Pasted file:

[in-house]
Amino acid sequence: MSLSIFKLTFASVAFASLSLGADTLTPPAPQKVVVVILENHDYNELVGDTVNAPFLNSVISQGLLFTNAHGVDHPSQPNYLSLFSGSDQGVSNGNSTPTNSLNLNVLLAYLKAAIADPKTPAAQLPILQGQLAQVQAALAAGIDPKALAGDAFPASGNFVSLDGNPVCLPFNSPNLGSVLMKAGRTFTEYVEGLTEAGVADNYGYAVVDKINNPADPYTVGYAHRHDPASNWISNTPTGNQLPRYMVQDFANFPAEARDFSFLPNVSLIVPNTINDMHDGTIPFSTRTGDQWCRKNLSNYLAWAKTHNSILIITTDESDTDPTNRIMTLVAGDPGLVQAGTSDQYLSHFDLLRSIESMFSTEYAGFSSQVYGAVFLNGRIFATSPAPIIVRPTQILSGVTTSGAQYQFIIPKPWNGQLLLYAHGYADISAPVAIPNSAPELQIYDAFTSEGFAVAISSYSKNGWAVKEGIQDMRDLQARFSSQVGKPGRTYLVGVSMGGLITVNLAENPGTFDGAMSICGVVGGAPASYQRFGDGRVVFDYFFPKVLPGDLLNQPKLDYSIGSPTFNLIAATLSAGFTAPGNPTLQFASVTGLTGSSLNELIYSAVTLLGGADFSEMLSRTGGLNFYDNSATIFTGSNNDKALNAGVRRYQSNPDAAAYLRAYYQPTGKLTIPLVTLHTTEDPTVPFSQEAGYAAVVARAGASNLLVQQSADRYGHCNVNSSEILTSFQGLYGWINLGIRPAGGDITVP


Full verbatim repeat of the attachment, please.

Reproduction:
[in-house]
Amino acid sequence: MSLSIFKLTFASVAFASLSLGADTLTPPAPQKVVVVILENHDYNELVGDTVNAPFLNSVISQGLLFTNAHGVDHPSQPNYLSLFSGSDQGVSNGNSTPTNSLNLNVLLAYLKAAIADPKTPAAQLPILQGQLAQVQAALAAGIDPKALAGDAFPASGNFVSLDGNPVCLPFNSPNLGSVLMKAGRTFTEYVEGLTEAGVADNYGYAVVDKINNPADPYTVGYAHRHDPASNWISNTPTGNQLPRYMVQDFANFPAEARDFSFLPNVSLIVPNTINDMHDGTIPFSTRTGDQWCRKNLSNYLAWAKTHNSILIITTDESDTDPTNRIMTLVAGDPGLVQAGTSDQYLSHFDLLRSIESMFSTEYAGFSSQVYGAVFLNGRIFATSPAPIIVRPTQILSGVTTSGAQYQFIIPKPWNGQLLLYAHGYADISAPVAIPNSAPELQIYDAFTSEGFAVAISSYSKNGWAVKEGIQDMRDLQARFSSQVGKPGRTYLVGVSMGGLITVNLAENPGTFDGAMSICGVVGGAPASYQRFGDGRVVFDYFFPKVLPGDLLNQPKLDYSIGSPTFNLIAATLSAGFTAPGNPTLQFASVTGLTGSSLNELIYSAVTLLGGADFSEMLSRTGGLNFYDNSATIFTGSNNDKALNAGVRRYQSNPDAAAYLRAYYQPTGKLTIPLVTLHTTEDPTVPFSQEAGYAAVVARAGASNLLVQQSADRYGHCNVNSSEILTSFQGLYGWINLGIRPAGGDITVP